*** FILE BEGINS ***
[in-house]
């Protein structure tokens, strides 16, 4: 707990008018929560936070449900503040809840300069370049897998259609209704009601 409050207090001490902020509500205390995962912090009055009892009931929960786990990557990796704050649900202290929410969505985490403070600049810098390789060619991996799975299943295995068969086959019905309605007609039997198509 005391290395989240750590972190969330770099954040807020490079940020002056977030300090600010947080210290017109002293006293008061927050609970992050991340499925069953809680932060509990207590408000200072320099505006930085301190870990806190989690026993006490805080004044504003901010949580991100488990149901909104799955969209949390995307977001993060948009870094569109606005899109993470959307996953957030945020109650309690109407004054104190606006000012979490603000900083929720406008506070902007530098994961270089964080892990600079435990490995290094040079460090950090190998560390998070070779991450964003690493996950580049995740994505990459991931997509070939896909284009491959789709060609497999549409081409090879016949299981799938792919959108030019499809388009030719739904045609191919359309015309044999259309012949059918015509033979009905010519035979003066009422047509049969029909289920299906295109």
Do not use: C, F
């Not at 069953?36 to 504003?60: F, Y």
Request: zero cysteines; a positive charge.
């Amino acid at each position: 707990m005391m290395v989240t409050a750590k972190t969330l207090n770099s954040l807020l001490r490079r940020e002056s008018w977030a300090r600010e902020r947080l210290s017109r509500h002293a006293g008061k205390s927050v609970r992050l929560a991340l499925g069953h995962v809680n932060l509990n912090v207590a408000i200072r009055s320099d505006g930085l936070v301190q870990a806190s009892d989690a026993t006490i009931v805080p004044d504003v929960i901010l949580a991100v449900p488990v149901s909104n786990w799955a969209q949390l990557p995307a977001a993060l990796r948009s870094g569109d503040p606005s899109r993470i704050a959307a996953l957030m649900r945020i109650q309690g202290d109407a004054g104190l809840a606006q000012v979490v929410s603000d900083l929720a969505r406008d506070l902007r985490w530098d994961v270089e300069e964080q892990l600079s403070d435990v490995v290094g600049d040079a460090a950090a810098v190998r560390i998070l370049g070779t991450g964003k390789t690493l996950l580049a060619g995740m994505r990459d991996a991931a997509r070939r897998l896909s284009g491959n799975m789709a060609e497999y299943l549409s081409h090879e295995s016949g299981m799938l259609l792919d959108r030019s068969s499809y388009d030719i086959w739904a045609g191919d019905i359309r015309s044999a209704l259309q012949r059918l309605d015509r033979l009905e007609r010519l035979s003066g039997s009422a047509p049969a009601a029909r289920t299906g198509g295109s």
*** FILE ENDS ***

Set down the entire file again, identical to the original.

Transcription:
[in-house]
């Protein structure tokens, strides 16, 4: 707990008018929560936070449900503040809840300069370049897998259609209704009601 409050207090001490902020509500205390995962912090009055009892009931929960786990990557990796704050649900202290929410969505985490403070600049810098390789060619991996799975299943295995068969086959019905309605007609039997198509 005391290395989240750590972190969330770099954040807020490079940020002056977030300090600010947080210290017109002293006293008061927050609970992050991340499925069953809680932060509990207590408000200072320099505006930085301190870990806190989690026993006490805080004044504003901010949580991100488990149901909104799955969209949390995307977001993060948009870094569109606005899109993470959307996953957030945020109650309690109407004054104190606006000012979490603000900083929720406008506070902007530098994961270089964080892990600079435990490995290094040079460090950090190998560390998070070779991450964003690493996950580049995740994505990459991931997509070939896909284009491959789709060609497999549409081409090879016949299981799938792919959108030019499809388009030719739904045609191919359309015309044999259309012949059918015509033979009905010519035979003066009422047509049969029909289920299906295109």
Do not use: C, F
């Not at 069953?36 to 504003?60: F, Y």
Request: zero cysteines; a positive charge.
């Amino acid at each position: 707990m005391m290395v989240t409050a750590k972190t969330l207090n770099s954040l807020l001490r490079r940020e002056s008018w977030a300090r600010e902020r947080l210290s017109r509500h002293a006293g008061k205390s927050v609970r992050l929560a991340l499925g069953h995962v809680n932060l509990n912090v207590a408000i200072r009055s320099d505006g930085l936070v301190q870990a806190s009892d989690a026993t006490i009931v805080p004044d504003v929960i901010l949580a991100v449900p488990v149901s909104n786990w799955a969209q949390l990557p995307a977001a993060l990796r948009s870094g569109d503040p606005s899109r993470i704050a959307a996953l957030m649900r945020i109650q309690g202290d109407a004054g104190l809840a606006q000012v979490v929410s603000d900083l929720a969505r406008d506070l902007r985490w530098d994961v270089e300069e964080q892990l600079s403070d435990v490995v290094g600049d040079a460090a950090a810098v190998r560390i998070l370049g070779t991450g964003k390789t690493l996950l580049a060619g995740m994505r990459d991996a991931a997509r070939r897998l896909s284009g491959n799975m789709a060609e497999y299943l549409s081409h090879e295995s016949g299981m799938l259609l792919d959108r030019s068969s499809y388009d030719i086959w739904a045609g191919d019905i359309r015309s044999a209704l259309q012949r059918l309605d015509r033979l009905e007609r010519l035979s003066g039997s009422a047509p049969a009601a029909r289920t299906g198509g295109s």